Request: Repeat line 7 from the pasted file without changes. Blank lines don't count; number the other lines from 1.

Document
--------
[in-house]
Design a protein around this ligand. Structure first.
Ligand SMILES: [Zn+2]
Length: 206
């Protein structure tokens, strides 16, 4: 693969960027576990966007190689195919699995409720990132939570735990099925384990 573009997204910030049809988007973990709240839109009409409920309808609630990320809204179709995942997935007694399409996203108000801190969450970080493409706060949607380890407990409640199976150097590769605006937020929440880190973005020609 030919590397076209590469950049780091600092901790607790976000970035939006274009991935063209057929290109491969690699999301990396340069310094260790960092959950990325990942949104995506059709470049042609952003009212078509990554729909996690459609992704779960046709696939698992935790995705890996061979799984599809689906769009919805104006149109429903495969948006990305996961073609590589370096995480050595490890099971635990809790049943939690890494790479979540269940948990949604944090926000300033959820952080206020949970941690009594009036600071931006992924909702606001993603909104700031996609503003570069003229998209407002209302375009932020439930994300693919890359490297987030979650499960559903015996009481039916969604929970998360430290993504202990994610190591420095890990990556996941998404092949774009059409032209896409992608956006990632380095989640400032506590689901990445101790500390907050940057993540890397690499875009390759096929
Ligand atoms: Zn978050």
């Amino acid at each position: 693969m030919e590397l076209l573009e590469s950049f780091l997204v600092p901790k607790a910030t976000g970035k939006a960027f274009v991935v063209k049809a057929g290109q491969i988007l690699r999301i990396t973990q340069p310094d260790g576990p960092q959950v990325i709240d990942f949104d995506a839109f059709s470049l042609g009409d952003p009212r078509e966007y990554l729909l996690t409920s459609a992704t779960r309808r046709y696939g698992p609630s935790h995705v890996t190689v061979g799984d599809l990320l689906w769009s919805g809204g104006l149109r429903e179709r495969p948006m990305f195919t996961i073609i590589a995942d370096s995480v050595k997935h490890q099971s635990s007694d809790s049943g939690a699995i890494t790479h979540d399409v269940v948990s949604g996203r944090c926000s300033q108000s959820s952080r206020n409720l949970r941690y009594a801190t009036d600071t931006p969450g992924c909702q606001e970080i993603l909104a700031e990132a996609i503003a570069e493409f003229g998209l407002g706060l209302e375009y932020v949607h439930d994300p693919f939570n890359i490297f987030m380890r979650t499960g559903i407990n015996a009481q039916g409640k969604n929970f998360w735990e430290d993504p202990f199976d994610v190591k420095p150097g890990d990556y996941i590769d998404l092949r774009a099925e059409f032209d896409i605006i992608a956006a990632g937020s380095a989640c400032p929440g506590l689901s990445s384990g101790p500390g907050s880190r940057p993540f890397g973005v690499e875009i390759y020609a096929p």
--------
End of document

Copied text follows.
């Amino acid at each position: 693969m030919e590397l076209l573009e590469s950049f780091l997204v600092p901790k607790a910030t976000g970035k939006a960027f274009v991935v063209k049809a057929g290109q491969i988007l690699r999301i990396t973990q340069p310094d260790g576990p960092q959950v990325i709240d990942f949104d995506a839109f059709s470049l042609g009409d952003p009212r078509e966007y990554l729909l996690t409920s459609a992704t779960r309808r046709y696939g698992p609630s935790h995705v890996t190689v061979g799984d599809l990320l689906w769009s919805g809204g104006l149109r429903e179709r495969p948006m990305f195919t996961i073609i590589a995942d370096s995480v050595k997935h490890q099971s635990s007694d809790s049943g939690a699995i890494t790479h979540d399409v269940v948990s949604g996203r944090c926000s300033q108000s959820s952080r206020n409720l949970r941690y009594a801190t009036d600071t931006p969450g992924c909702q606001e970080i993603l909104a700031e990132a996609i503003a570069e493409f003229g998209l407002g706060l209302e375009y932020v949607h439930d994300p693919f939570n890359i490297f987030m380890r979650t499960g559903i407990n015996a009481q039916g409640k969604n929970f998360w735990e430290d993504p202990f199976d994610v190591k420095p150097g890990d990556y996941i590769d998404l092949r774009a099925e059409f032209d896409i605006i992608a956006a990632g937020s380095a989640c400032p929440g506590l689901s990445s384990g101790p500390g907050s880190r940057p993540f890397g973005v690499e875009i390759y020609a096929p």